Panna Cotta

Italy’s answer to pudding, panna cotta means cooked cream.  Unlike a true custard that is thickened with eggs, panna cotta gets its “set” from gelatin.  At its simplest, it is sweetened cream stabilized with gelatin, but you can jazz it up with zests or spices.

Panna Cotta
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This method seems a little fussy, but it will yield a very creamy, rather than slick, panna cotta. The mixture will also be thick enough that any vanilla bean specks will be suspended and won't sink to the bottom. When served, you can always tell if the panna cotta mixture was too warm or too thin when molded because there will be tons of little black specks on the top, which used to be the bottom. Not pretty. This won't hurt the flavor, but if you're going to make a simple dessert, and panna cotta is, than you might as well make it as perfect as possible.
What You Need
  • 4-5 teaspoons powdered gelatin (less for a softer set, more for a firmer set)
  • 3 cups whole milk, divided
  • pinch of salt, to taste
  • 2½ cups heavy cream (you can substitute some plain tangy yogurt, buttermilk, creme fraiche or sour cream for some of the cream--try subbing half the amount)
  • ½ cup sugar, more or less to taste
  • 1 vanilla bean or 2 teaspoons pure vanilla extract
What To Do
  1. Bloom the gelatin in about ½ cup of milk. When softened (about 10-15 minutes), add to another cup of milk, half of the sugar and the salt (and anything you're steeping in the milk) to a saucepan.
  2. Heat until very hot to dissolve sugar and gelatin, but do not bring to a boil. (Boiling gelatin reduces its thickening power).
  3. Strain into the other 1½ cups of cold milk. If you are substituting for a portion of the cream, add the substitution here and whisk in very well.
  4. In a stainless steel bowl, whip heavy cream and the other half of the sugar until thickened and whisk leaves tracks in the cream. You don't even have to get it to soft peaks, but do make sure it has thickened some.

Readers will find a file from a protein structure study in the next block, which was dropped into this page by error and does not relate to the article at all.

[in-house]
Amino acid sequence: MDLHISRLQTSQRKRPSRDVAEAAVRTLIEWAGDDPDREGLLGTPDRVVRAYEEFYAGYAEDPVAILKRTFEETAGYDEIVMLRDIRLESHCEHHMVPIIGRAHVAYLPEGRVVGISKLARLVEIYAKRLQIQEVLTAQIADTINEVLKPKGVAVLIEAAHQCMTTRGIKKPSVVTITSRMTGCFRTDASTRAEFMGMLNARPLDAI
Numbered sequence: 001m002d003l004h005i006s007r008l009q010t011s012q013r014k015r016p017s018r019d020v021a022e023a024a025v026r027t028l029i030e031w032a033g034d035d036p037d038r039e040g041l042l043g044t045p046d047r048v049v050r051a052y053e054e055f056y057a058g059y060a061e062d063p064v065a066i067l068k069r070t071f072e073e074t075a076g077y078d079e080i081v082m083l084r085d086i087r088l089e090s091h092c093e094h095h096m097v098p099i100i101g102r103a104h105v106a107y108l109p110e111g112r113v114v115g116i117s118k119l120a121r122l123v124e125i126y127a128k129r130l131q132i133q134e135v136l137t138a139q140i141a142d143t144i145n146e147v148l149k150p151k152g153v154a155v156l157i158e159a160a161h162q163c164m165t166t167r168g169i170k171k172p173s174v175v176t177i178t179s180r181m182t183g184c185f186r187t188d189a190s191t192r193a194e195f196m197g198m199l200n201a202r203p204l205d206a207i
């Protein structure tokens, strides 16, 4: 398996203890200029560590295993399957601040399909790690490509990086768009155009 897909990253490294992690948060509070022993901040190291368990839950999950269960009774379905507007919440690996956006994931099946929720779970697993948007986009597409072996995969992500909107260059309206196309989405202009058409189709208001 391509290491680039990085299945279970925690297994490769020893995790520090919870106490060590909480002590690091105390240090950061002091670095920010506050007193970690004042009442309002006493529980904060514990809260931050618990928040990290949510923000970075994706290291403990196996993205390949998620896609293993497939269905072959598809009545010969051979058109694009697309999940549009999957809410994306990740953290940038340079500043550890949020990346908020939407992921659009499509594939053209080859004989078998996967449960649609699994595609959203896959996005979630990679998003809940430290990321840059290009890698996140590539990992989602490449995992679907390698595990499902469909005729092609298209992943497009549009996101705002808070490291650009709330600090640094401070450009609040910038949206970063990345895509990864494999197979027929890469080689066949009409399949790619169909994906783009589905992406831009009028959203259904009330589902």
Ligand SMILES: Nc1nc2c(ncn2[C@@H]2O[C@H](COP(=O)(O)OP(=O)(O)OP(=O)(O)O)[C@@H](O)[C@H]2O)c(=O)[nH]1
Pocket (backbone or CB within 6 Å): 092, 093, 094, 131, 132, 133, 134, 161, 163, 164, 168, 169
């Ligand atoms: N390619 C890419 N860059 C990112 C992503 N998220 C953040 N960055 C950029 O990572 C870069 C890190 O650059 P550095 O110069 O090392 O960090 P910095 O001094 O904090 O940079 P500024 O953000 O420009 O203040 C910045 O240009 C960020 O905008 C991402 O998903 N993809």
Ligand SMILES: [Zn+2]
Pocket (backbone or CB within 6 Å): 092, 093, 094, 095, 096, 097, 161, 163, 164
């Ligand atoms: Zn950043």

5. Whisk everything together thoroughly and strain again. At this point your mixture should be pretty thick, which is what we're going for. If your mixture still seems a little thin to you, whisk it over an ice bath until it thickens enough to suspend the vanilla specks.
  6. What to mold it in? Well, you can serve them in ramekins, but it's a little nicer to unmold them. The easiest thing to use, if you have them, are flexible silicone muffin pans.
  7. Pour the panna cotta in, freeze them, pop them out onto your serving plate, and let them come up to serving temperature. This will take about 30 minutes or so. The cheapest thing to do is to mold them in mini solo cups, freeze them, cut and peel the cups away when frozen, then plate and let come up to temperature. The downside of this method is that your lovely panna cottas will say Solo in bas relief on the tops! Fix this by serving fresh or stewed, sweetened berries on top.
  8. If you prefer not to freeze your panna cottas, you can serve them in ramekins. It is difficult to unmold a jiggly, creamy dessert.
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